Again, I look at where the Bill is to be anchored. We are talking about energy. We need a comparative analysis. We have wind energy, geothermal, water and even diesel energy. So, we need a comparative analysis, but why place it under the Ministry of Interior and Co-ordination of National Government? We need to place it purely under the Ministry of Energy until when we feel that Kenya can create a threat to Uganda that we may create nuclear weapons. At that time, we may think of shifting it to the Ministry of Interior and Co-ordination of National Government. I do not think that is the plan for today. Wherever we do strategic plans, we do them for 10 or 15 years. We do not do them for 30 years. It is like we are doing a strategic plan for 30 years, and we are thinking about creating nuclear weapons like Iran as if we will be a threat to America. I do not think our country is heading to that direction. We are looking at nuclear energy purely for creating more energy to our grid so that Kenyans can enjoy cheap energy and we can attract more investors into the country. Every time I go to china, my Chinese friends tell me:“I want to put up an industry in Kenya, but I hear you have a problem of power. Within 30 days, you have 2,000 hours of no The electronic version of the Official Hansard Report is for information purposes only. Acertified version of this Report can be obtained from the Hansard Editor.
power.” I am wondering whether we are passing this Bill for the next 30 years when we will be thinking about fighting Uganda or trying to colonise East Africa or whether we are passing this Bill for our usage in terms of having more power to grow our economy.
Another issue is the composition of the board. I still believe we only have the Cabinet Secretary for Energy and some few professionals. If we have to create this board, it should not have more than seven members. Why are we putting the country into so much burden of paying allowances and salaries? How can you propose a board of 18 members? How will 18 members come to a conclusive decision? It is a whole crowd and you want to conduct public participation with all the people from Lari Constituency. It becomes almost impossible to get consensus. We need a smaller board, more powerful, and strictly, it could have direct lines maybe even to the Executive or to State House if it is not autonomous. We need a smaller board that can implement the regulations.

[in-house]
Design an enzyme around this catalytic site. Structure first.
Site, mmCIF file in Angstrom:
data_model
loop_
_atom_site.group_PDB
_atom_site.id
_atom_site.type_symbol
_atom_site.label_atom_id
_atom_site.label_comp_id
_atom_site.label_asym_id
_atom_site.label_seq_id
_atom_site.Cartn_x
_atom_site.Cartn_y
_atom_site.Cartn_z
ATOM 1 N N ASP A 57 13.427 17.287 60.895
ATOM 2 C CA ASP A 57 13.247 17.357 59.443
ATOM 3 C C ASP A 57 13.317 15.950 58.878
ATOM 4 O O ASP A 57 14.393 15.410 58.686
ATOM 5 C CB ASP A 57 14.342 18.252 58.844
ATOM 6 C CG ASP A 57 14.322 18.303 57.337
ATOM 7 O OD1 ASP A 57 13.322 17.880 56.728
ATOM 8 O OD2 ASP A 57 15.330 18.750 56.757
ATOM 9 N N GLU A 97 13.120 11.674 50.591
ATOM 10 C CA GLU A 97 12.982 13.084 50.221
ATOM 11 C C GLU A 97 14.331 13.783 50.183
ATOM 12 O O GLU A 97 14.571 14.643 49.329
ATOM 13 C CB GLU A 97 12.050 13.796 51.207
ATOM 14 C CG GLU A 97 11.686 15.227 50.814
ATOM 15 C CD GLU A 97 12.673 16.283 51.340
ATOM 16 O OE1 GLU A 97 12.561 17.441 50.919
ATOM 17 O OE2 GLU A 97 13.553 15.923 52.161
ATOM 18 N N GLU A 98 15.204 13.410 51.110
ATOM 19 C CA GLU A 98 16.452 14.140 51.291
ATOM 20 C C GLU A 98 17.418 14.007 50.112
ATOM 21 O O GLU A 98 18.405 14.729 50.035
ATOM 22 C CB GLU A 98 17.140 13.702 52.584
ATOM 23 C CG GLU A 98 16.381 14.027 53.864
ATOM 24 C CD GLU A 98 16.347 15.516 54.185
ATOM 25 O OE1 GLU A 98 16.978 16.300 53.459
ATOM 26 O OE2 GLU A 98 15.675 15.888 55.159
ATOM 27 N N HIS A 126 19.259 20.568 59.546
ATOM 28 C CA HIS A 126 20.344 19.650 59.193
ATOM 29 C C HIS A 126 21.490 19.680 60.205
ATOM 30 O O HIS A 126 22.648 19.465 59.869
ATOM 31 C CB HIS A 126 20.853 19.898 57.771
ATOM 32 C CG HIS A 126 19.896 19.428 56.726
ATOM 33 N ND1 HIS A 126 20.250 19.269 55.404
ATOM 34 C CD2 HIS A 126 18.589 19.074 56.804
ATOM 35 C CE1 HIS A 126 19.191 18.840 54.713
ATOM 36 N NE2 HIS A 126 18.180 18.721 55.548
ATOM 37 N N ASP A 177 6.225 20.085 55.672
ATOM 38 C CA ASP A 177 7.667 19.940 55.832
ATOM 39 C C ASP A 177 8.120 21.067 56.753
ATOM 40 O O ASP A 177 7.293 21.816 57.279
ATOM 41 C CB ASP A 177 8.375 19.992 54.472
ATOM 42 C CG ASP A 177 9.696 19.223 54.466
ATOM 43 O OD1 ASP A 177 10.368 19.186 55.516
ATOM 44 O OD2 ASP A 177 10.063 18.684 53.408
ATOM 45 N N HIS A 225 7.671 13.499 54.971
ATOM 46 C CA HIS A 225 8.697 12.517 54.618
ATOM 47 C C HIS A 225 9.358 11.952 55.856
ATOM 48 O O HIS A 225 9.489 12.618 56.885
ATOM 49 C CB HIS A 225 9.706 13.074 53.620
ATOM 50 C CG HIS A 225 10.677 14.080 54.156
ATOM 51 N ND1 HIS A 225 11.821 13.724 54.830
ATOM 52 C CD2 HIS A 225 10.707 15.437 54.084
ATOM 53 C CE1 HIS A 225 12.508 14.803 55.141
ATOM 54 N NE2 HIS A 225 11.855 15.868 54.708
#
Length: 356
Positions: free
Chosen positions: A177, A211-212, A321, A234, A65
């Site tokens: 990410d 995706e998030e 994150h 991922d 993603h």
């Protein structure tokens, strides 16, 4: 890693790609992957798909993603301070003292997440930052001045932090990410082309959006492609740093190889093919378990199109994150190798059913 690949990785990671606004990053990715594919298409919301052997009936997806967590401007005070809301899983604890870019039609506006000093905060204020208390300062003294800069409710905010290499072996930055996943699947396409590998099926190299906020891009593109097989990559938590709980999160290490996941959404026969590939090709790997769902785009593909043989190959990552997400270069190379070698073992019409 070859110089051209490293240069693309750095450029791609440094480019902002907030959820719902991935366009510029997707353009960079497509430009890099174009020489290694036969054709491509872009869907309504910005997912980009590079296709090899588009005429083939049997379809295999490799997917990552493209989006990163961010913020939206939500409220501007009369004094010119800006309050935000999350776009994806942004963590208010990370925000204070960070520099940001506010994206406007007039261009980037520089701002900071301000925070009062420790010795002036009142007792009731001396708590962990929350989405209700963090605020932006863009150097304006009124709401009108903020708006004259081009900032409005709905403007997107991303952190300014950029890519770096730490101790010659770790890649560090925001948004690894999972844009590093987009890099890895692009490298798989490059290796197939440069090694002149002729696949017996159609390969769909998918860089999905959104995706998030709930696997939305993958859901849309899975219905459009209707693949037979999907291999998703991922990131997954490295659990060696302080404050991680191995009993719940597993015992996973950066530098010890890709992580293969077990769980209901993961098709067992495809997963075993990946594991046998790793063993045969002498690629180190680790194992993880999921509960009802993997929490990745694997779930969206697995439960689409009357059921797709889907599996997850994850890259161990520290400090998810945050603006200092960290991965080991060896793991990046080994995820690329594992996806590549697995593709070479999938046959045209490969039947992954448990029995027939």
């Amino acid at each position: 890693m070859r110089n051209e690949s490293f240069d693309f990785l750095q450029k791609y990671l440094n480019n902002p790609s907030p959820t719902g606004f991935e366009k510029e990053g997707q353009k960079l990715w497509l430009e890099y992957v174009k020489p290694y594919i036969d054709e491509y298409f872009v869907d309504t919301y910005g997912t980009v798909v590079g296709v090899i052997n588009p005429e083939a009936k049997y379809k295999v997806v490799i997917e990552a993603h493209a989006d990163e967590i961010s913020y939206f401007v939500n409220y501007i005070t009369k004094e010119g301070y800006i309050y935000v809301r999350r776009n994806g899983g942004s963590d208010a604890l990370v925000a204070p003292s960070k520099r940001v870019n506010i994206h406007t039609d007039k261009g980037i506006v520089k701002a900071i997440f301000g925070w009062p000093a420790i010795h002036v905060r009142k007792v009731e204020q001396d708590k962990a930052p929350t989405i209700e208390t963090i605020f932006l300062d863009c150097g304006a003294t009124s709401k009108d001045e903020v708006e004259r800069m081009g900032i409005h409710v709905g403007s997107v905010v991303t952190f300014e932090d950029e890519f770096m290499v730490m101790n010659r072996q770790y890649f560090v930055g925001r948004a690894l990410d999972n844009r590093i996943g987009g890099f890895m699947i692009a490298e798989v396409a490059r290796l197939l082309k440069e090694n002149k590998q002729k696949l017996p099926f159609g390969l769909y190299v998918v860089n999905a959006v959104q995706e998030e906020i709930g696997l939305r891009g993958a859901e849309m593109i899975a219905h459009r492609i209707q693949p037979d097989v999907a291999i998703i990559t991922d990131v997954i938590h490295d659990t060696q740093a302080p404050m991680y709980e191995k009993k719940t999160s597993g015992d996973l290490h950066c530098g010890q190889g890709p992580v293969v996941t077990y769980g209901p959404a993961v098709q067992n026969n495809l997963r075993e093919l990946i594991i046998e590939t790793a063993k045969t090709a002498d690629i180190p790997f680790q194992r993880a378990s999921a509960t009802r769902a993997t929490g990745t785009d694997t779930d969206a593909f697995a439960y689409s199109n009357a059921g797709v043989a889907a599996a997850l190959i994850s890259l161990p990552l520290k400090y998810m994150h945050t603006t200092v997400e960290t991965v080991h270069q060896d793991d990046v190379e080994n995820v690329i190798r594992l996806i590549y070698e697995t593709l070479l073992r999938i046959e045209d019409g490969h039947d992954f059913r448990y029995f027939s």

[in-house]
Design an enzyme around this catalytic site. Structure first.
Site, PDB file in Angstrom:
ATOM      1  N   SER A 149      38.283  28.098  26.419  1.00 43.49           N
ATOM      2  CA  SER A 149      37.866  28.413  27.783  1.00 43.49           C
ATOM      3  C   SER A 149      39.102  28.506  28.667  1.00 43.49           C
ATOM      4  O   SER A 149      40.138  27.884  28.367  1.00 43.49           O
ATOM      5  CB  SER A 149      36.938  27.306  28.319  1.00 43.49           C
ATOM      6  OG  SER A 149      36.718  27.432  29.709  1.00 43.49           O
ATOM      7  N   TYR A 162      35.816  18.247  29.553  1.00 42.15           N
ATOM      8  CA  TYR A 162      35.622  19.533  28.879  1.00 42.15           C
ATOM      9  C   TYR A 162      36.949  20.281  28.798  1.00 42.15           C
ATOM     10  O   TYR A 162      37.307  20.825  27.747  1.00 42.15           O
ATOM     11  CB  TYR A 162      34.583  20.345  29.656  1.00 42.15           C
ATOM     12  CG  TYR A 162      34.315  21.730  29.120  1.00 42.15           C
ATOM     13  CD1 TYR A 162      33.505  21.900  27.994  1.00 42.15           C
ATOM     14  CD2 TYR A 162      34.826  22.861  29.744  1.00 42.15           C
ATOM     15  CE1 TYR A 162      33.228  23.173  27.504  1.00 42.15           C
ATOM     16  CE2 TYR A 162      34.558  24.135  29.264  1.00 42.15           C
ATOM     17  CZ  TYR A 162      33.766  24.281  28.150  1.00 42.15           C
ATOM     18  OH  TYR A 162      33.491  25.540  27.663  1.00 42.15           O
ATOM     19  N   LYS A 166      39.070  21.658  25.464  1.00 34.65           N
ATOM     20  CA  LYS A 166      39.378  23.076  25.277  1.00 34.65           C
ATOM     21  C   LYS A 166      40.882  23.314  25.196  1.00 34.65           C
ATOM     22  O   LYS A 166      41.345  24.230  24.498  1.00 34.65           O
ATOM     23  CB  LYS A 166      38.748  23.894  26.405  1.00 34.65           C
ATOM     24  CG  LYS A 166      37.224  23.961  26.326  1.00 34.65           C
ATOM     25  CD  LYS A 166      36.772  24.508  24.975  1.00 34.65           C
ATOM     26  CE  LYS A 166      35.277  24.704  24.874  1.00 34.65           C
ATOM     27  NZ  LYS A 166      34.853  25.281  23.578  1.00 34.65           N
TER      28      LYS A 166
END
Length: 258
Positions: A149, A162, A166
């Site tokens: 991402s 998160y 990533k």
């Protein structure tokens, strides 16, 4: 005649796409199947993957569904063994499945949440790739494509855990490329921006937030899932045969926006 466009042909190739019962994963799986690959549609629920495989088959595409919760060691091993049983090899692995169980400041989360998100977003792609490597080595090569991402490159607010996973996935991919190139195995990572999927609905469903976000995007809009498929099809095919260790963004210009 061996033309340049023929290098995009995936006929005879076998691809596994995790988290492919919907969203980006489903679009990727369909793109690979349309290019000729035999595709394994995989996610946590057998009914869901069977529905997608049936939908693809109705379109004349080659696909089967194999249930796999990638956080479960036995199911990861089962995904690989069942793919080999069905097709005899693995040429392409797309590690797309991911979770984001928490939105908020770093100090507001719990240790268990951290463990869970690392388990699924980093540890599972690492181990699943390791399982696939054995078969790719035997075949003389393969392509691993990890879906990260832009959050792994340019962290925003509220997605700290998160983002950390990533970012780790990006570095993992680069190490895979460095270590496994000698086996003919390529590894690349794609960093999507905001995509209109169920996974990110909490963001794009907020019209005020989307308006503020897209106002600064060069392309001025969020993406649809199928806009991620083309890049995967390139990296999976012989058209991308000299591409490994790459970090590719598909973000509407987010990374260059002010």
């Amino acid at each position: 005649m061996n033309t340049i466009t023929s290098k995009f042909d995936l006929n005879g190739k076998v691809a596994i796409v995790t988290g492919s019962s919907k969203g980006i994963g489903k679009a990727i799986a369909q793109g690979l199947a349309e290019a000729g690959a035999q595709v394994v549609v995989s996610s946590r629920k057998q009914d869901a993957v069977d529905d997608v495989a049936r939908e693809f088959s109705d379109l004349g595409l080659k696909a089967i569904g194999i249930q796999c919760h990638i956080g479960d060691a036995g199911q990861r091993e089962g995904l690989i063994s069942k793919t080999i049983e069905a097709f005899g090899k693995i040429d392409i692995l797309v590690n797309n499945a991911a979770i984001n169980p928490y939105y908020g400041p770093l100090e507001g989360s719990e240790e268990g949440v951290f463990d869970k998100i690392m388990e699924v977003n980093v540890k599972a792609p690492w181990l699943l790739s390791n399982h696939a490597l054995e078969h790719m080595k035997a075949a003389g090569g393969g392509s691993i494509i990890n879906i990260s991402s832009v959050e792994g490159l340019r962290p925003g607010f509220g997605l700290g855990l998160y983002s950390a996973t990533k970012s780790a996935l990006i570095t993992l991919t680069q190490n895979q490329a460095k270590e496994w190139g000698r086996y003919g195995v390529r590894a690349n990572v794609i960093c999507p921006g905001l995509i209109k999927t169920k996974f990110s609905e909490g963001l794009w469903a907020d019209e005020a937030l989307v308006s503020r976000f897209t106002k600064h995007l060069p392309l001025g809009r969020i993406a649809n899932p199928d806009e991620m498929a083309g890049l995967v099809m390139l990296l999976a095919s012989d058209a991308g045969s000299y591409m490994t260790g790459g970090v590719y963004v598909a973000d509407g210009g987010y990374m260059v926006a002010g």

We should also look at the dangers of nuclear energy. Disposal is a big danger. Today, we are not even able to dispose of our waste from e-commerce. You will find old computers in the streets. We are not able to dispose of whatever waste we have. If you go to a busy road, you will find waste on the middle of the road. You find pieces of condoms, surgical materials, and here you are looking at nuclear energy, something that can cause permanent disability to our children who are being born for years. We will have children who have malformation; children who are born without noses or ears for many years. We need to be very strict on this. We are talking about poison through nuclear - radiations. Today, it is very difficult even to manage small hospitals that have radiation machines. In this Bill, are we looking at where we are going to position the nuclear reactors? The Bill has to be very clear. We need to place them where we have a radius of some few hundreds of kilometres from where people live. These areas are limited. Maybe we can find them in North Eastern or Turkana. I do not know where we can find those areas where we need to put the reactors at a radius of above 100 kilometres. If you go to the US, you will find the reactors in the wilderness, the least populated areas. You will also find them in the middle of nowhere. The same happens in Canada. You wonder how they manage it. Do we have the capacity to transport nuclear energy to our grid? The other day we had wind energy. It took the country a long time to connect the wind energy to the national grid.
(Hon. (Ms.) Jessica Mbalu): Order, the Member for Lari! This Bill will still continue to be debated in the next sitting. You will have a balance of three minutes.
Thank you, Hon. Temporary Deputy Speaker.
(Hon. (Ms.) Jessica Mbalu): Hon. Members, the time being 7.00 p.m., this House stands adjourned until Tuesday, 25th June 2019, at 2.30 p.m.
The House rose at 7.00 p.m.